When buying a home or any real property in Texas, you may have an offer to buy title insurance. This is an expensive line item charge on the Closing Disclosure or Closing Statement charged by the title company. You should make sure that you understand what this is, how it works and why you may want to get it.You also need to get information so you can make an informed decision about buying it.
Every real estate transaction involves a significant number of legal issues. Every risk can be analyzed as either high or low probability and a high or low expected cost. For commercial transactions, nearly all legal decisions involve a high expected cost. For residential transactions, most decisions carry a relatively low penalty. The pivotal decision is knowing when to hire an attorney to protect your interests and when to rely on "your gut."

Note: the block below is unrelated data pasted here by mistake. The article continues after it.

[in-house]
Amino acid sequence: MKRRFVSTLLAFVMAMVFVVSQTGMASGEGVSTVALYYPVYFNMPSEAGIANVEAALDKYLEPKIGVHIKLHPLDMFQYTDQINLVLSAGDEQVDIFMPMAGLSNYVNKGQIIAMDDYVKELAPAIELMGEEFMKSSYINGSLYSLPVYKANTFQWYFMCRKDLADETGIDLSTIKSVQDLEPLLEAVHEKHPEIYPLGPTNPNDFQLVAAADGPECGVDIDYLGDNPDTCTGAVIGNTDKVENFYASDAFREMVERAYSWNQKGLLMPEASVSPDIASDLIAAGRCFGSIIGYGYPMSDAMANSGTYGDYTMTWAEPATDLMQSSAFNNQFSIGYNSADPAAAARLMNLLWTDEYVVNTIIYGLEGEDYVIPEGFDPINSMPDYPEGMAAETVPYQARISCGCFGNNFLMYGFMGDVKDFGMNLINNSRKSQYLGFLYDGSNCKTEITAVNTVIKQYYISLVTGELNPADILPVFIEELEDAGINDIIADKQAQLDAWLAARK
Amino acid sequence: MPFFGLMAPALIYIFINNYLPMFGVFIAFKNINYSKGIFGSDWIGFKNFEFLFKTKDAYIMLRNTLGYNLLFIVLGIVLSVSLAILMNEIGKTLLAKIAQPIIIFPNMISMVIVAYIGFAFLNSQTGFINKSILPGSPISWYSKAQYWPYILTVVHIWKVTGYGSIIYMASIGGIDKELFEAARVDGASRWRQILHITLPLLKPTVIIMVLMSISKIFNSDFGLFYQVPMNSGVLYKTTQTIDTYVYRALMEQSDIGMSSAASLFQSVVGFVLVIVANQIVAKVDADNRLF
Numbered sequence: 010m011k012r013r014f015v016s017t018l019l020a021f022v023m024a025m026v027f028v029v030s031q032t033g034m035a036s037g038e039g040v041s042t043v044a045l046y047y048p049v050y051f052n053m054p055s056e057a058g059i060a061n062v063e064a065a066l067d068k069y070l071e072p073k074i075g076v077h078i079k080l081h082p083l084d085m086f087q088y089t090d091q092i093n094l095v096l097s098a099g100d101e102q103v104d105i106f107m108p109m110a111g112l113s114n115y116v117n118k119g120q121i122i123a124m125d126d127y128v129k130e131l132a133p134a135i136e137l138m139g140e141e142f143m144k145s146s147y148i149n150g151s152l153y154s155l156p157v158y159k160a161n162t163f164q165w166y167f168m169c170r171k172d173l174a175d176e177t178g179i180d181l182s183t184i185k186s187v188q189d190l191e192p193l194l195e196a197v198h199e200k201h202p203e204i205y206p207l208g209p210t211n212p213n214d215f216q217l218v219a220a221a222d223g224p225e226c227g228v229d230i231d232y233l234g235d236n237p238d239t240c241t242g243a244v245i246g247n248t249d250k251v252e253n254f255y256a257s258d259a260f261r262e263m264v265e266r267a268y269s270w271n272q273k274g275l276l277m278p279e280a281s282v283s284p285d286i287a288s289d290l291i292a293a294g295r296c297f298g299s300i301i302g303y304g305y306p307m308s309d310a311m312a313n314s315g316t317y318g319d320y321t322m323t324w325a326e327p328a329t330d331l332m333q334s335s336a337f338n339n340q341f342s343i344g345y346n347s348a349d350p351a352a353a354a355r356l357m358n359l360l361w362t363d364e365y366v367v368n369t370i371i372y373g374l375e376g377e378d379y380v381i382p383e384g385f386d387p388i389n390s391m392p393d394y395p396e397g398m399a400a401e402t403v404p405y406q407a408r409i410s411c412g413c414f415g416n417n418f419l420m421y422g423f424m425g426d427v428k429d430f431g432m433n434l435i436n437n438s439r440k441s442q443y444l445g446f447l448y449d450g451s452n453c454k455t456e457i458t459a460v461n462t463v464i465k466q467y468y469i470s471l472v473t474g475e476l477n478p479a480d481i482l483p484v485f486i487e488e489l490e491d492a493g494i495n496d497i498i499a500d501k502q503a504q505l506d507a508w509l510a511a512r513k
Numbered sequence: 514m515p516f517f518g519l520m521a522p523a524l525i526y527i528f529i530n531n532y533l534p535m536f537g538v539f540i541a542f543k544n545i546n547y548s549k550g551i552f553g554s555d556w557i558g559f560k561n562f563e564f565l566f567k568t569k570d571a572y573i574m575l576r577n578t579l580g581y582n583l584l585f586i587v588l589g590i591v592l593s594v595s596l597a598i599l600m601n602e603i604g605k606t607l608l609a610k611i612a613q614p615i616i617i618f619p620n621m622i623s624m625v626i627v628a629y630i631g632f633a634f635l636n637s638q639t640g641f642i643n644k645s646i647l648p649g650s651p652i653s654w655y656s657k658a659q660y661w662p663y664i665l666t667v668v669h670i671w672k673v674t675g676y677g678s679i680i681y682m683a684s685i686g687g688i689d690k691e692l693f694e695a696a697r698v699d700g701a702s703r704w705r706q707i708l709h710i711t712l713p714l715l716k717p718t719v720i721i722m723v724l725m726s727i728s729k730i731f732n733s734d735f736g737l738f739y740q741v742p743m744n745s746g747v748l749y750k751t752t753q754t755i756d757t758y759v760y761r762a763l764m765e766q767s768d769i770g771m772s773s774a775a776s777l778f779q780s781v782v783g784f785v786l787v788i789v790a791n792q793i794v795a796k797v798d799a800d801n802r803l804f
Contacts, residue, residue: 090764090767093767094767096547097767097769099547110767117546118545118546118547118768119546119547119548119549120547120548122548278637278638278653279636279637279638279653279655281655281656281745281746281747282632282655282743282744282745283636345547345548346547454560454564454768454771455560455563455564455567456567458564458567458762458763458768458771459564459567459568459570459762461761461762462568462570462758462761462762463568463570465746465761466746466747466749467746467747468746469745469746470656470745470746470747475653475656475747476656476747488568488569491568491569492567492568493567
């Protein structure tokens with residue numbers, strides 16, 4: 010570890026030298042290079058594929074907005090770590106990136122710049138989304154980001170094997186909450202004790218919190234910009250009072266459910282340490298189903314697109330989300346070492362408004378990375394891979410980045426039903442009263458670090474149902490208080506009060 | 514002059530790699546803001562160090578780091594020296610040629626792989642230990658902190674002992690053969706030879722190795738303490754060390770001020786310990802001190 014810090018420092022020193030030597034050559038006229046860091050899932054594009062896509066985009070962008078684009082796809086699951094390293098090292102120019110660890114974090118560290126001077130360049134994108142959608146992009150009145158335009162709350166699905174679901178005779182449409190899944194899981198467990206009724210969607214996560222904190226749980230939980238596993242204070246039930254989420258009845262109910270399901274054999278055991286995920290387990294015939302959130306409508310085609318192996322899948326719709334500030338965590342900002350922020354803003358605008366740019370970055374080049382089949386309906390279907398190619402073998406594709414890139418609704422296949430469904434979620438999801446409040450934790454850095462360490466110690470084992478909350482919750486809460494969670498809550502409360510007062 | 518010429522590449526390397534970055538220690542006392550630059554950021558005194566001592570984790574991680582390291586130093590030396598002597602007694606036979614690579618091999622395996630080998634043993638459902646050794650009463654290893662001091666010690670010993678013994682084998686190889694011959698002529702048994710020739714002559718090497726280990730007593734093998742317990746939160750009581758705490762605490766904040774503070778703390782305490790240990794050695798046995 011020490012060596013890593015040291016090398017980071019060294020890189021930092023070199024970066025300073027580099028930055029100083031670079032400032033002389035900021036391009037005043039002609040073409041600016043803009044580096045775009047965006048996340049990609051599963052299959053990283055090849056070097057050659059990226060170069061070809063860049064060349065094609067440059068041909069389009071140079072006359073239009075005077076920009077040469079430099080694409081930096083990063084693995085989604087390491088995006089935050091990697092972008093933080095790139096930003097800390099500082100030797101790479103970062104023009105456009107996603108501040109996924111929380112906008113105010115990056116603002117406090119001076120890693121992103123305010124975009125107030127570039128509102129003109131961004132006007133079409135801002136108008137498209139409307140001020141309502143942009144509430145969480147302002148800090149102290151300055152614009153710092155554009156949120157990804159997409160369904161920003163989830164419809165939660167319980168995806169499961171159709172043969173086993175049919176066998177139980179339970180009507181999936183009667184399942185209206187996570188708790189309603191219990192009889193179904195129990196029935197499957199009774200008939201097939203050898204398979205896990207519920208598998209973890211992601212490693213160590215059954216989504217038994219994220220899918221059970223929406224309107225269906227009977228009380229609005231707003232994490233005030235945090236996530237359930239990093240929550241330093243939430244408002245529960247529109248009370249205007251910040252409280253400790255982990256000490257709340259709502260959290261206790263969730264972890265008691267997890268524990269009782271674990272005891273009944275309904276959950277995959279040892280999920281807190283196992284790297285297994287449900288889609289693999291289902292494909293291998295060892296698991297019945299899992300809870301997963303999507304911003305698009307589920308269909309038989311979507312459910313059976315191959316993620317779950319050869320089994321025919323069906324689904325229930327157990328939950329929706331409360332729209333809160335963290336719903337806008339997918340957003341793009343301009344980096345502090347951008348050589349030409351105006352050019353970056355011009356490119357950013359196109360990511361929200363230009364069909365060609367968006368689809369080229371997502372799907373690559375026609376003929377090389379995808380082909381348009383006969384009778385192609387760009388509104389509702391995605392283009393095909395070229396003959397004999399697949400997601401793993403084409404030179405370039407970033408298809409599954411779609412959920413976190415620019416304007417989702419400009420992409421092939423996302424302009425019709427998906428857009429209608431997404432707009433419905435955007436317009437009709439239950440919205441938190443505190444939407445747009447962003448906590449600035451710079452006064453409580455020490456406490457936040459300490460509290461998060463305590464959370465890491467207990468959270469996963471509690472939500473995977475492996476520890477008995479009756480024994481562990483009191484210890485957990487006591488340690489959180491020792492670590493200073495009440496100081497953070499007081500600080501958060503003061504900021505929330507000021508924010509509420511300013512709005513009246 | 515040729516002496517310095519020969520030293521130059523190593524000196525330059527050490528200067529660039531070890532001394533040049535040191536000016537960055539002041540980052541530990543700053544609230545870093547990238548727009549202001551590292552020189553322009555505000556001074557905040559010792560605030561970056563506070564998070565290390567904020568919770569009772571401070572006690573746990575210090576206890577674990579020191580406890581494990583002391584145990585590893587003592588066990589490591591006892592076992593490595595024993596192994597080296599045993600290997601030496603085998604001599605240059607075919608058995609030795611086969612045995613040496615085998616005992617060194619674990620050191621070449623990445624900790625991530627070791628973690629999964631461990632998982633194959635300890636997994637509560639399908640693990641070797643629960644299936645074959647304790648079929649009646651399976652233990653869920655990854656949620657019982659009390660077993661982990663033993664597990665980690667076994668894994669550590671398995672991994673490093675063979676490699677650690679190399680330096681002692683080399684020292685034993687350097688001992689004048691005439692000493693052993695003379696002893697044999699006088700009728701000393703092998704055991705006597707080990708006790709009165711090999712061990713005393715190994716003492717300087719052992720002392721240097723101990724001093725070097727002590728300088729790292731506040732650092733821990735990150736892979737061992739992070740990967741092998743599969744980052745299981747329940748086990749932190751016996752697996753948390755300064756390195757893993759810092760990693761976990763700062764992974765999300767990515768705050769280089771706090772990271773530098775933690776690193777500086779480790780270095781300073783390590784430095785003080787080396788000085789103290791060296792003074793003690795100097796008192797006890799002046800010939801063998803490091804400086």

Prior to the 1960s, Texas was a state, which meant that it adhered to a "buyer beware" policy in real estate transactions. However, in 1968, the Supreme Court of Texas expressed its distaste of the caveat emptor doctrine when it comes to the sale and purchase of a home, stating that it did not placate the demands of justice.